TL;DR - There is nothing to worry about, appears to be caused by something running in the background of the OS.
This is a very common "issue" with "Cisco" EPC products and it appears to be an underlying OS "feature" that causes this "issue".
The problem comes from the fact that "Cisco EPC" products are not actually Cisco at all, they're Linksys products which have been rebranded as Cisco products. If you were unaware since 2003 until 2013 Cisco was the parent organisation of Linksys, all products that Linksys had developed or had been developing were sold as Cisco products not Linksys ones. The problem with that is Cisco never redeveloped these products, nor did they care to they simply just sold & marketed them as Cisco products but the truth remains - they aren't.
You may be wondering why that's a problem? Well it's not a problem as such it's more a thing you need to take into consideration, as these are not Cisco products they do not run the "real" Cisco IOS whilst I cannot provide you with a data-sheet for this information (As Cisco have since retired the product, removed all data from the website with the exception of forum threads and EOL'd it) what I can provide is an example of another product with the same commonality.
If you're familiar with Cisco equipment you will have probably heard of the SF & SG family, these are "Cisco" switches, like the EPC line they're not actually Cisco switches, they are in-fact Linksys switches this is evident when interacting with the CLI - one example would be when trying to use the backspace key, on a "real" Cisco product backspacing works as you would expect but on an SF or SG switch it doesn't - you must hold shift in order to use the backspace key. Another example is the following command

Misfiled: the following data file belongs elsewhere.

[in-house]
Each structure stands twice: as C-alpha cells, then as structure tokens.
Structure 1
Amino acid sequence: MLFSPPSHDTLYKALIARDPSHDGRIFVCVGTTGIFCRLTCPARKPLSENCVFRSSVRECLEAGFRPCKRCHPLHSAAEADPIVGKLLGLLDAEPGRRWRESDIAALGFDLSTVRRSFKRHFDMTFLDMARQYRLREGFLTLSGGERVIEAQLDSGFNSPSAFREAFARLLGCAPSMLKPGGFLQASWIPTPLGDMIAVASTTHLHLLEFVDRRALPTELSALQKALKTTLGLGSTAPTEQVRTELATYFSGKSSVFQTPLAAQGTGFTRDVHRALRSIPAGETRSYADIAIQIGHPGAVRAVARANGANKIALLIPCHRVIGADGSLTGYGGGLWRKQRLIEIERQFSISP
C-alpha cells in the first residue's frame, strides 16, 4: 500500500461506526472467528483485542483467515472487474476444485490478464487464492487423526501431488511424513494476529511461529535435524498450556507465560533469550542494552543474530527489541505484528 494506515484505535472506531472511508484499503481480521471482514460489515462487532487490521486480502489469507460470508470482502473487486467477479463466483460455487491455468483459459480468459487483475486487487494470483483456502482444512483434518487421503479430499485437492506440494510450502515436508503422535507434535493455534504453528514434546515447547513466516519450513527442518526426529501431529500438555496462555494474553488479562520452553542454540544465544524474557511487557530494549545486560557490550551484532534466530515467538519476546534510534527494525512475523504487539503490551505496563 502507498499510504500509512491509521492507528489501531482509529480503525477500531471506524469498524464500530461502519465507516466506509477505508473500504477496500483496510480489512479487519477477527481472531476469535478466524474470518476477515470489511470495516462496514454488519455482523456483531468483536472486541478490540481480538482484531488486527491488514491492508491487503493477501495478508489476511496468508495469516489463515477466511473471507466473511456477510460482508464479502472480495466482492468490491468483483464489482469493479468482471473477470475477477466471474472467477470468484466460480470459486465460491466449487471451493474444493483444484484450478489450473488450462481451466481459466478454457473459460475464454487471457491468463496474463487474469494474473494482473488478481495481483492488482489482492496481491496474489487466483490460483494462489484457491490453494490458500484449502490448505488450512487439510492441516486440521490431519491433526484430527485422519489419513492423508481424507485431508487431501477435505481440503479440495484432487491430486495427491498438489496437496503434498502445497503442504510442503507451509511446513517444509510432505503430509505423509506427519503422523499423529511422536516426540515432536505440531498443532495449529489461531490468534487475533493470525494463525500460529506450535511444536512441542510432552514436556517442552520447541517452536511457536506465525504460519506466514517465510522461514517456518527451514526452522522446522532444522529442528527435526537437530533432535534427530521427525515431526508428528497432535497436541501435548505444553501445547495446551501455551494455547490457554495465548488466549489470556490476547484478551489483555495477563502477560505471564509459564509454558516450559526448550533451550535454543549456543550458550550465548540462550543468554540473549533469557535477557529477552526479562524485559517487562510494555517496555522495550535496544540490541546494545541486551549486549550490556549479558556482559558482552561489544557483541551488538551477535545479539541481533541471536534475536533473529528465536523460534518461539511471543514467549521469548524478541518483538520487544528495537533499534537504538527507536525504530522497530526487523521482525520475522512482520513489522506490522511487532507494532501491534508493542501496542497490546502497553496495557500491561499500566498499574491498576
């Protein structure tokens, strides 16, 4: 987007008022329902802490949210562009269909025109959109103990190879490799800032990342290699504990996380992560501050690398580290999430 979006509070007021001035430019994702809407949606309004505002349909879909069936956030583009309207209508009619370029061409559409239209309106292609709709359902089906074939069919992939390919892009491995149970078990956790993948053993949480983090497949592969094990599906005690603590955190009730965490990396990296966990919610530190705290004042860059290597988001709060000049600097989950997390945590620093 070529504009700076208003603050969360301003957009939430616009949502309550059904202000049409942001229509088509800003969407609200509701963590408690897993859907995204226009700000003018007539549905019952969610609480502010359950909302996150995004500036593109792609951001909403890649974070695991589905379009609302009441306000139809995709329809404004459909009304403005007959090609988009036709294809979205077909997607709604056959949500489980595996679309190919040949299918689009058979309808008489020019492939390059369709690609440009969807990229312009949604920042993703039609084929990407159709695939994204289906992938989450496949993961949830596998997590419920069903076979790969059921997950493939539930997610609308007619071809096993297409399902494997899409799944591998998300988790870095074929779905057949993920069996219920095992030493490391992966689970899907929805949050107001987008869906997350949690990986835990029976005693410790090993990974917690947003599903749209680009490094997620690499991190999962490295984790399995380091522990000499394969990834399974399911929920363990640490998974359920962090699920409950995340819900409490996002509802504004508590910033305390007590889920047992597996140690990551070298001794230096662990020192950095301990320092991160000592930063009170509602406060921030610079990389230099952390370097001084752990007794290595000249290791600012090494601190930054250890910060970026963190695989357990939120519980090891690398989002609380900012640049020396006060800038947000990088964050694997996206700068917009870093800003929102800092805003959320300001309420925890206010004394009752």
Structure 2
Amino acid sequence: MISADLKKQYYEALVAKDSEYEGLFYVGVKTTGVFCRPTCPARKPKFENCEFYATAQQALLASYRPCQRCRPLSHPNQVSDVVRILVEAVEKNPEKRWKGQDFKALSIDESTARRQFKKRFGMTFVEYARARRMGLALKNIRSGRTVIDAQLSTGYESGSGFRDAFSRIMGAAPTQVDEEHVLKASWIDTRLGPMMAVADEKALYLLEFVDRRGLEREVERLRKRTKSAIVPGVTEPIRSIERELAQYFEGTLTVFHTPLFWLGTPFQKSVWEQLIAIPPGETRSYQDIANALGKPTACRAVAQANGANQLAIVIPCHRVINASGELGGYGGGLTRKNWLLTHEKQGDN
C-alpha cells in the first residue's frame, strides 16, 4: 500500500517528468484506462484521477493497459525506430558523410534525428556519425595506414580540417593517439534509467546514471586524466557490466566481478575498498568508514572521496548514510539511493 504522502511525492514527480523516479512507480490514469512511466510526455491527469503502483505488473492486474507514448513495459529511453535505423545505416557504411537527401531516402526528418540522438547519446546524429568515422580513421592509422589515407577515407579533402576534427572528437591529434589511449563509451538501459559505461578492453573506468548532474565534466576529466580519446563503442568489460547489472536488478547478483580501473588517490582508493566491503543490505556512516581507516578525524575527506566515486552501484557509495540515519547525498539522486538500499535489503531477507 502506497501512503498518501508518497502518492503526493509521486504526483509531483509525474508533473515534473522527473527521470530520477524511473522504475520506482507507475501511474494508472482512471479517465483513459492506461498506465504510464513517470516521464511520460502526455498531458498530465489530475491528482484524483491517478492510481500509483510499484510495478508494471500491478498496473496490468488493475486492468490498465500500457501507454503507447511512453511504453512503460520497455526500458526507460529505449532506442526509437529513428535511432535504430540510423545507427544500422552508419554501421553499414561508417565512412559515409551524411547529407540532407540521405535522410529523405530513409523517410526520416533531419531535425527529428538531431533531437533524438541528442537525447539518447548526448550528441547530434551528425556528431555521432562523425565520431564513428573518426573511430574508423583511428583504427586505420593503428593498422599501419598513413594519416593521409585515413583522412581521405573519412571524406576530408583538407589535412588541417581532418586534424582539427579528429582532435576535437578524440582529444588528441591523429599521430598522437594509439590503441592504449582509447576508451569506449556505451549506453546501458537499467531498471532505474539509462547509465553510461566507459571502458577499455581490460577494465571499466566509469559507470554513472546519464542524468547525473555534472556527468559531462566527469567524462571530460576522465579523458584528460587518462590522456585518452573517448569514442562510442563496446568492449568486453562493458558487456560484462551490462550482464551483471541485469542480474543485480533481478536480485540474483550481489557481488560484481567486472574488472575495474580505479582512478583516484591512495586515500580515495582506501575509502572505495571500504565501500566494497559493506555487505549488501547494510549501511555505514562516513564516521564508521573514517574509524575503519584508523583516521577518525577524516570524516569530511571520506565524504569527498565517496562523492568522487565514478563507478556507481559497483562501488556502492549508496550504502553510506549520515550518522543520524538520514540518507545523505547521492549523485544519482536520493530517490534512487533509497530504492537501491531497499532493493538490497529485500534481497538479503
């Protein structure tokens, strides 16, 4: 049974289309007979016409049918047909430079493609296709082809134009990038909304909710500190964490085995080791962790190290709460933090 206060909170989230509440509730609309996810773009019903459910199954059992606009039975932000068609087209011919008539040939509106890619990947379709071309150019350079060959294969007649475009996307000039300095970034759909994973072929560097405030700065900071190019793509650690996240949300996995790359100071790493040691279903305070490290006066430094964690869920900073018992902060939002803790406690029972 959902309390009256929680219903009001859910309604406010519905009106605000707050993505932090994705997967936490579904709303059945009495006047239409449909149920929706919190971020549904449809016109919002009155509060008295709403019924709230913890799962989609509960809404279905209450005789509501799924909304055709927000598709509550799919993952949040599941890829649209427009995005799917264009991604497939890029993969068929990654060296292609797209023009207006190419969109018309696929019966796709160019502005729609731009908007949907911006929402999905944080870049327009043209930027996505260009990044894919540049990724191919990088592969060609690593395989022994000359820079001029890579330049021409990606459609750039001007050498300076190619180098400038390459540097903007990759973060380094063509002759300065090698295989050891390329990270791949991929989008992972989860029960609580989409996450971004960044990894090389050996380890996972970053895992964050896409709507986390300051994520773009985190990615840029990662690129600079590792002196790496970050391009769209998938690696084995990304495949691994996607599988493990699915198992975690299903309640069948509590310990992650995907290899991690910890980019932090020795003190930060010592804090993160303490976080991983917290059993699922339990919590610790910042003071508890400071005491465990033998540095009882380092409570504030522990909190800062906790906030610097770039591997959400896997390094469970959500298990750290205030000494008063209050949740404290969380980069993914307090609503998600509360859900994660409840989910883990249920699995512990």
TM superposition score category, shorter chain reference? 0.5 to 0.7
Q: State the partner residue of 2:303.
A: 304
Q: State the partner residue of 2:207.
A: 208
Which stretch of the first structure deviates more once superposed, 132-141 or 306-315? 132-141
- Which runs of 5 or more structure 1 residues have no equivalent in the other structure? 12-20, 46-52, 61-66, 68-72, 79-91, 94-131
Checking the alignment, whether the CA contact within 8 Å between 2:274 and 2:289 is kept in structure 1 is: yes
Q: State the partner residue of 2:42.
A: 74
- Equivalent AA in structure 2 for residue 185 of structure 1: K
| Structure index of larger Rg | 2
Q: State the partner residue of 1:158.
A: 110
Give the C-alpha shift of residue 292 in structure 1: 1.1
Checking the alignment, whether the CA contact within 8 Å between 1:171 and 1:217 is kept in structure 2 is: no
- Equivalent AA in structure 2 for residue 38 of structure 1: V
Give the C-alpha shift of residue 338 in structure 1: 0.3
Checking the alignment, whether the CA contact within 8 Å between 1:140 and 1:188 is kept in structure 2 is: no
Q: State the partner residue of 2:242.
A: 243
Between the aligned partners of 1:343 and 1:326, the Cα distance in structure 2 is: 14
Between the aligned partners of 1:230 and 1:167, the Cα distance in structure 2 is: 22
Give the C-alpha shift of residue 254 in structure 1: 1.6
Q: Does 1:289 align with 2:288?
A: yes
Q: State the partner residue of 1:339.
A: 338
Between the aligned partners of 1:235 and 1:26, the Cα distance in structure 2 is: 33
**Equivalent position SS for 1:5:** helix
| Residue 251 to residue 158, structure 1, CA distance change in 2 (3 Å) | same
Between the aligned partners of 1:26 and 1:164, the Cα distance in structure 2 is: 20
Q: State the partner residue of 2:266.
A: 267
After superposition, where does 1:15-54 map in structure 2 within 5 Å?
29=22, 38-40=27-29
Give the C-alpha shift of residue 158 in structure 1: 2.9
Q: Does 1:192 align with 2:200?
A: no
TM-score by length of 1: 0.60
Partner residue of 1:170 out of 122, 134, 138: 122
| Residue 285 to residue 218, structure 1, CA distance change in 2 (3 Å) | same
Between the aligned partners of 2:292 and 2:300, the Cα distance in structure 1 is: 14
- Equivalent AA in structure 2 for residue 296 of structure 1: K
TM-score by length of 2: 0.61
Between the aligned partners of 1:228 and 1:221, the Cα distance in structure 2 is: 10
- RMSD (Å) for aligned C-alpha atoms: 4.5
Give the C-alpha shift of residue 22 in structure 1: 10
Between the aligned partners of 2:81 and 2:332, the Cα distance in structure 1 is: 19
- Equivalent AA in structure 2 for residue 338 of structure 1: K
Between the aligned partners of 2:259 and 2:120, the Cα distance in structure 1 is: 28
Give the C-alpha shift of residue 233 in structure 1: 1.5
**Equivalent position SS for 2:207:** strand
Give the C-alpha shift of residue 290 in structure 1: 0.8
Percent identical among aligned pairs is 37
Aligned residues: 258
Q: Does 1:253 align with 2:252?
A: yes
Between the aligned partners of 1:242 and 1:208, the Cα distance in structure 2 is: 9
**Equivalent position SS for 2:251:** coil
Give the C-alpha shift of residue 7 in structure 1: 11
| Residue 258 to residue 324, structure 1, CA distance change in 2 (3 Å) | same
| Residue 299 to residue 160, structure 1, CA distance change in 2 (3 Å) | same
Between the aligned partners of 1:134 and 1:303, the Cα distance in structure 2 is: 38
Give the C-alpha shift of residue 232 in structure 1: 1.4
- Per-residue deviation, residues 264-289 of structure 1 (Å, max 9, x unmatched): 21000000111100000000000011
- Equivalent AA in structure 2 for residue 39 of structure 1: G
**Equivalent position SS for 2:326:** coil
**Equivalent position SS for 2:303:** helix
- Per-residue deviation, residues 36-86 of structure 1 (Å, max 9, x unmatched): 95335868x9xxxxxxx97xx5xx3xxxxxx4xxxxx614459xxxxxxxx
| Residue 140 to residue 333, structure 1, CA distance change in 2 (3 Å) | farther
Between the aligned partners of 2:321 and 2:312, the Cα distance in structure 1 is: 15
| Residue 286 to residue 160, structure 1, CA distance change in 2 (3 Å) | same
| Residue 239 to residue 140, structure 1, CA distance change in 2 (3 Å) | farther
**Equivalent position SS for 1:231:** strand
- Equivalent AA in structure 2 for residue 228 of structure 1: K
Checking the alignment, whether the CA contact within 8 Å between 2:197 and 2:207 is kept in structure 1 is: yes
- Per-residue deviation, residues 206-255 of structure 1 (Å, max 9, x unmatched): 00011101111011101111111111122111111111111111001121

boot system image-1 that command doesn't work on a "real" Cisco switch, take the 2960 family for example that command would actually be
boot system flash:filename
The overall point is these products aren't running Cisco IOS (Which isn't Linux) what they're actually running is another OS based on Linux which tries to mimic Cisco IOS as closely as possible (Hence my examples). This explains why the OS shows as "Linux", this also explains why the MAC is a Cisco MAC because it is technically a Cisco product it's just not made by them. However, you shouldn't be worried about this, it's not causing harm to the network at all, it just appears to be something that runs in the back-end of whatever OS these EPC devices use.
As I said at the start Cisco haven't and probably will never release a statement on this partly because of the products being EOL'd and partly because of the fact that it's not something which is affecting you, it's just built into the OS to run in the background for an unknown reason which we'll probably never know.
If you read this you will see the device directly supports Samba server (Which I believe you already know) this will be whats going on, as the post you linked said switching it off should "fix" it.
Disclaimer - I am not directly affiliated with Cisco, I do not work for Cisco, I do however work for a Cisco partner. Anything in this answer is not the word of Cisco it is the word of my own as an individual based on research I've carried out. Please do not take this answer to be the official answer to the problem as Cisco have not and probably will not ever release an official statement on the issue.